Do you support or oppose the construction of the Thirty Meter Telescope on the Big Island and what should OHA’s role be in the process?

I do not see the relevance of this question as OHA does not have a position on the TMT project. I fully support OHA’s ongoing lawsuit against the State of Hawaii for its mismanagement of Mauna Kea. I also support the new actions taken by the State Legislature this past year in removing UH as the managing entity for Mauna Kea.

What is the most pressing need for the people you seek to represent and what can the Office of Hawaiian Affairs do to address that need?

Housing is the most pressing issue facing not just Native Hawaiians but the entire state. Secure, safe, affordable housing address so many social, economic, and health issues. As part of the new governance model, I helped to develop an endowment model for the Native Hawaiian Trust. This endowment model will provide greater returns with lower risk for the portfolio. One of the results of these greater returns will be the down payment revolving loan program. The Iwilei acquisitions will help to address this housing crisis as well. Through the conversation that needed to take place with the surrounding landowners in Iwilei future partnerships are now possible to add more inventory to those housing projects. I have also recently been tasked to chair an ad hoc committee investigate OHA’s constitutional right to issue revenue bonds. This will allow OHA to leverage all financial tools available to them for acquisition and development of properties.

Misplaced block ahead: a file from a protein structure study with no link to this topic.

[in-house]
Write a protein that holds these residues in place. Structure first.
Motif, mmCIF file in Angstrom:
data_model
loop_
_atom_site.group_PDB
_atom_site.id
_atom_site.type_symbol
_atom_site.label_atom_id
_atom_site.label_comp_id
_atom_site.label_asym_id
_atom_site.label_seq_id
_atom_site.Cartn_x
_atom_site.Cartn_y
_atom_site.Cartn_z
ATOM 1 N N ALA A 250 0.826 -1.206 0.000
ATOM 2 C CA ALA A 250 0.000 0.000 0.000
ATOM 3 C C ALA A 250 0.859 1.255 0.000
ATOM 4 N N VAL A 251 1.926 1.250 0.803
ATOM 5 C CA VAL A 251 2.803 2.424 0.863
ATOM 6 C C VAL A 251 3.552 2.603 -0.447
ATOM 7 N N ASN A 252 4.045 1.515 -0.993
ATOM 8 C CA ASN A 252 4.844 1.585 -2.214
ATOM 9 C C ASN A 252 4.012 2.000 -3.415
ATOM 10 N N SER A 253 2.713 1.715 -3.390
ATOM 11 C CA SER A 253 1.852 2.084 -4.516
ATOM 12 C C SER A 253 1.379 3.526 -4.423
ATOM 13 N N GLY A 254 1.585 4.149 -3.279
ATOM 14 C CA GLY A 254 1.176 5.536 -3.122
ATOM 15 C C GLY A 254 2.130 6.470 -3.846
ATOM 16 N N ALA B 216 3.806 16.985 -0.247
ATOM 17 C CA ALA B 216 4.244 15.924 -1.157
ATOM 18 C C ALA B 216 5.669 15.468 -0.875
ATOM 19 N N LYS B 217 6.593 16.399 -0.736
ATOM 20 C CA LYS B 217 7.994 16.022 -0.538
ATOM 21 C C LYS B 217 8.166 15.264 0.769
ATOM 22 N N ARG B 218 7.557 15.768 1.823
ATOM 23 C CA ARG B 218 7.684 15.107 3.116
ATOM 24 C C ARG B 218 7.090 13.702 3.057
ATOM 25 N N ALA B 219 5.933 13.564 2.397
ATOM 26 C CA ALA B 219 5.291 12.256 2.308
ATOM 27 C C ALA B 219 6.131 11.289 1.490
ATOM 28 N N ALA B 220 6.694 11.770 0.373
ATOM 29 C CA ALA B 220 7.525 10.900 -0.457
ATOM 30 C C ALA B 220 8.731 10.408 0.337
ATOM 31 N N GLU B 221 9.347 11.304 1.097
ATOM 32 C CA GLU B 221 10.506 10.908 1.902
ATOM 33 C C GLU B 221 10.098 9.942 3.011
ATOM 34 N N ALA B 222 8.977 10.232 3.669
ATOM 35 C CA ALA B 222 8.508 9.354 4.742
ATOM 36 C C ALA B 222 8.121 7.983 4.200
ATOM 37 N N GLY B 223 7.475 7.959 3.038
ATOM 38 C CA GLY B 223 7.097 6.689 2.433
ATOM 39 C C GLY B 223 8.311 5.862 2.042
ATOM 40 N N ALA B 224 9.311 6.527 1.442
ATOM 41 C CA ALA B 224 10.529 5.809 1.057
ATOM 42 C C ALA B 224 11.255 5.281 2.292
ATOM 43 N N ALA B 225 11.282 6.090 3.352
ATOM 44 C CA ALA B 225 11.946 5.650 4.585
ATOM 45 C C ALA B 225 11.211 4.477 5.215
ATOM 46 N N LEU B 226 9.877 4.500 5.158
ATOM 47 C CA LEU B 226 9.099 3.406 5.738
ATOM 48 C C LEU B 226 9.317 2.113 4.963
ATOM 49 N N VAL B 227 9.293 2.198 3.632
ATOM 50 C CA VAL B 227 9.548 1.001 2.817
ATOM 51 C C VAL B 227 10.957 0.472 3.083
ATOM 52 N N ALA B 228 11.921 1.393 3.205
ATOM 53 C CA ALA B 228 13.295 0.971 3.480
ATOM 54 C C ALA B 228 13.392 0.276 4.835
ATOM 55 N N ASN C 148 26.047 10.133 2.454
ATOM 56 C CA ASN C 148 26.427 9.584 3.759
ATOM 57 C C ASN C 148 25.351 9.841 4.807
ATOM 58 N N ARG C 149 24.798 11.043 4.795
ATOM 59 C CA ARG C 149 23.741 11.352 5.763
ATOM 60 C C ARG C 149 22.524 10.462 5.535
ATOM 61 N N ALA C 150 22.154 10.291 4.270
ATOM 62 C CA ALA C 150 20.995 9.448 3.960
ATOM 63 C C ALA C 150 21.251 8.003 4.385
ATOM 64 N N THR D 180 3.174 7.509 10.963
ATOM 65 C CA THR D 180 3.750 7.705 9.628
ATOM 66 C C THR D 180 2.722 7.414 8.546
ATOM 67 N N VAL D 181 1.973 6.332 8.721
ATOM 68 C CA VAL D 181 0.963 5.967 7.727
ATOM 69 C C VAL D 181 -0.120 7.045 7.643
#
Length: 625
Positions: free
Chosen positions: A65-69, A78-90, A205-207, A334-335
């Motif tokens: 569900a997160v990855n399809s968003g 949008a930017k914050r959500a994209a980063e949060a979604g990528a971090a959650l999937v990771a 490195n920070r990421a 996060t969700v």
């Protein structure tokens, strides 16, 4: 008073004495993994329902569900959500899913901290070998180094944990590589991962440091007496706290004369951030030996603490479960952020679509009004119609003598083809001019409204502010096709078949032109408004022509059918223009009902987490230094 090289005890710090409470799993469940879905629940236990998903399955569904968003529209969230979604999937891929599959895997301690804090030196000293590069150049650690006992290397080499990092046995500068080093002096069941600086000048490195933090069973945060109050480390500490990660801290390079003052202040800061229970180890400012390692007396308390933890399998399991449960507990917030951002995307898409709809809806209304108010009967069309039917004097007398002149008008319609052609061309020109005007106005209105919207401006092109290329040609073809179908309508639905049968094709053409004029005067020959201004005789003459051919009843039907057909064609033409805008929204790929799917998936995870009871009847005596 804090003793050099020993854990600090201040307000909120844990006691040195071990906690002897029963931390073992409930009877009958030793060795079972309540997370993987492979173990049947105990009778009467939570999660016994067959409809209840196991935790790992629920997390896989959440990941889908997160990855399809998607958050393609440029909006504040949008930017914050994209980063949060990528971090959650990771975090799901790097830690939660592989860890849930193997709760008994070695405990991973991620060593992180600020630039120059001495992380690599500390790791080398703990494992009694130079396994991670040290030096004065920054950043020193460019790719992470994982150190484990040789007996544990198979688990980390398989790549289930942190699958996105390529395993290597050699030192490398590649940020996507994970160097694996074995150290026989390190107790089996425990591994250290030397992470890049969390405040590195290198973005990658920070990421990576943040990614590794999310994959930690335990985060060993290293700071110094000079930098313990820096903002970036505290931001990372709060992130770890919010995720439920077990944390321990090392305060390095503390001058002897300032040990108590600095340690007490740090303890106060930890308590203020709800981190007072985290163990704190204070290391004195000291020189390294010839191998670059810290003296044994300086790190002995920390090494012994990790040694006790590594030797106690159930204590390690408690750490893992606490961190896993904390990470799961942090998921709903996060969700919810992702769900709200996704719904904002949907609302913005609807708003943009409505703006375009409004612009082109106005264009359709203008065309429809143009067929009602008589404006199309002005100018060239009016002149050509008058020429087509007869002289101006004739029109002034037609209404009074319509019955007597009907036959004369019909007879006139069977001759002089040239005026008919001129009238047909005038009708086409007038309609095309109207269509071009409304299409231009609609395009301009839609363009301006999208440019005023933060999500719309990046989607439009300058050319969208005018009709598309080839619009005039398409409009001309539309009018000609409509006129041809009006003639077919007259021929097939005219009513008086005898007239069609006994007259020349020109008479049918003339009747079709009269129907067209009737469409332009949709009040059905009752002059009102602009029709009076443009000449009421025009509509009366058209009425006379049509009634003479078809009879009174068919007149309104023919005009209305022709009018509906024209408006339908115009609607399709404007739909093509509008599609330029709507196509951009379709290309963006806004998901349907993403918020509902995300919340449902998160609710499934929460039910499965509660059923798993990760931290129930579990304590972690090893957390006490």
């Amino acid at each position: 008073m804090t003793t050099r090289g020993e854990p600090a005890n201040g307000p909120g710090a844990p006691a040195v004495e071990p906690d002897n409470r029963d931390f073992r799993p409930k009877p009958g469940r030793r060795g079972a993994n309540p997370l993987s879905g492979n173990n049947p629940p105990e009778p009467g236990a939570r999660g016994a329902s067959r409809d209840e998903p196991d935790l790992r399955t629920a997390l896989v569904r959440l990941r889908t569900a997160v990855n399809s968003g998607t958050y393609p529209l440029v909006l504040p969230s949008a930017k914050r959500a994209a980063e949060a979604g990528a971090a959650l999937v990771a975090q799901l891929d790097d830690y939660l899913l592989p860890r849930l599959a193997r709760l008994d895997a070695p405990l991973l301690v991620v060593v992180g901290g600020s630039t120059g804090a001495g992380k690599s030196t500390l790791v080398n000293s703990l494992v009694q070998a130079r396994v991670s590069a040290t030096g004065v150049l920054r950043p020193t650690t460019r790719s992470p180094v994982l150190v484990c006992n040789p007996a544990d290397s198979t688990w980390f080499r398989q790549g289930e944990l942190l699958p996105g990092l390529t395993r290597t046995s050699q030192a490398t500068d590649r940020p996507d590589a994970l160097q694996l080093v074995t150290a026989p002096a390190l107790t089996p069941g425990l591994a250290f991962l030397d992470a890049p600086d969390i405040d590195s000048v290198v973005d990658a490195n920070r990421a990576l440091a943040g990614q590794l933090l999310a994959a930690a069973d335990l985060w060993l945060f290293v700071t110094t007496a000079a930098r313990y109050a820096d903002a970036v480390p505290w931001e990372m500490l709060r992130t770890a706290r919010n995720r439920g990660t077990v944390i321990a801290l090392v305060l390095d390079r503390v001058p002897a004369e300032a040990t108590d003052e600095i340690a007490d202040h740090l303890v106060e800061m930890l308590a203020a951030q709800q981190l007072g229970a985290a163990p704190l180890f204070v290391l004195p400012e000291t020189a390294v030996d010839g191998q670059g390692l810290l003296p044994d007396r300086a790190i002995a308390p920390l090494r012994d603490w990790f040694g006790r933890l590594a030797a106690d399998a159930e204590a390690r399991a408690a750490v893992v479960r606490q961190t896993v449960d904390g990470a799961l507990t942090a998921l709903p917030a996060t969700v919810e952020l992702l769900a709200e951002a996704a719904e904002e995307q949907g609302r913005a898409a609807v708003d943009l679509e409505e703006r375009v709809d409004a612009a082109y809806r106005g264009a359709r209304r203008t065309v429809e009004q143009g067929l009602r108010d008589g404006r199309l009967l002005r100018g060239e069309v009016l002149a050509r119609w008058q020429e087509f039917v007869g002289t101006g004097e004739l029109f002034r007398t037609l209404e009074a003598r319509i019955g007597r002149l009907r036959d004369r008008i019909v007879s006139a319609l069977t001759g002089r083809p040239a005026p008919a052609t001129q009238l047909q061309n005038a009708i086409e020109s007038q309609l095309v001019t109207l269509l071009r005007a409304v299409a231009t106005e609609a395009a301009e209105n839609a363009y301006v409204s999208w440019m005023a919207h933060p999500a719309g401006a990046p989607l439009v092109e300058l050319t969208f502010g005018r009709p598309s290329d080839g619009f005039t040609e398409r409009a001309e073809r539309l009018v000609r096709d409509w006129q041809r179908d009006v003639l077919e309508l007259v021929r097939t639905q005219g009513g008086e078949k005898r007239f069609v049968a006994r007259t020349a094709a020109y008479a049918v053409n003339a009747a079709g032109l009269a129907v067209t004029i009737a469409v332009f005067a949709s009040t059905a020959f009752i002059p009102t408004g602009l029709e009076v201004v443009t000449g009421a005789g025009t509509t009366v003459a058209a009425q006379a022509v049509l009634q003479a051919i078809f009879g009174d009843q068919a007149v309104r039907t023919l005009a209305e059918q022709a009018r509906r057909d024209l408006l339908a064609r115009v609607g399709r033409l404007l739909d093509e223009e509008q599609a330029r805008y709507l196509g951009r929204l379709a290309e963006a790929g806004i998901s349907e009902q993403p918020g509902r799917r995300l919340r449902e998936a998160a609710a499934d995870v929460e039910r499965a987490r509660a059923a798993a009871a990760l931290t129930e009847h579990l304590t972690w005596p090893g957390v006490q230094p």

Is there anything more that you would like voters to know about you?

There has not been a community meeting on oahu in over 4 years. As your new Oahu trustee i commit to having a minimum of 6 community meetings a year, one in each Moku, Waianae, Wailua, Koolauloa, Koolaupoko, Kona, and Ewa. I will take OHA to our beneficiaries; they will not have to come to OHA.
While oha has its 15 year strategic plan, Mana I Mauliola in place, so much more still needs to be done. With your help i will return to OHA, this time as your new Oahu trustee and continue my history of collaborative leadership with issues that still need to be addressed such as OHA’s continued fight for public land trust equity, completing the rebalancing of the native Hawaiian Trust Portfolio, updating OHA’s investment, debt, and cash management policies to align with OHA’s new endowment model. Developing a collaboration with the Department of Hawaiian Homelands to address the affordable housing crisis and developing kaka’ako makai with a viable master plan and stop wasting resources on the unrealistic goal of waterfront affordable housing.

View more candidate questionnaires or see more 2022 Hawaii elections coverage.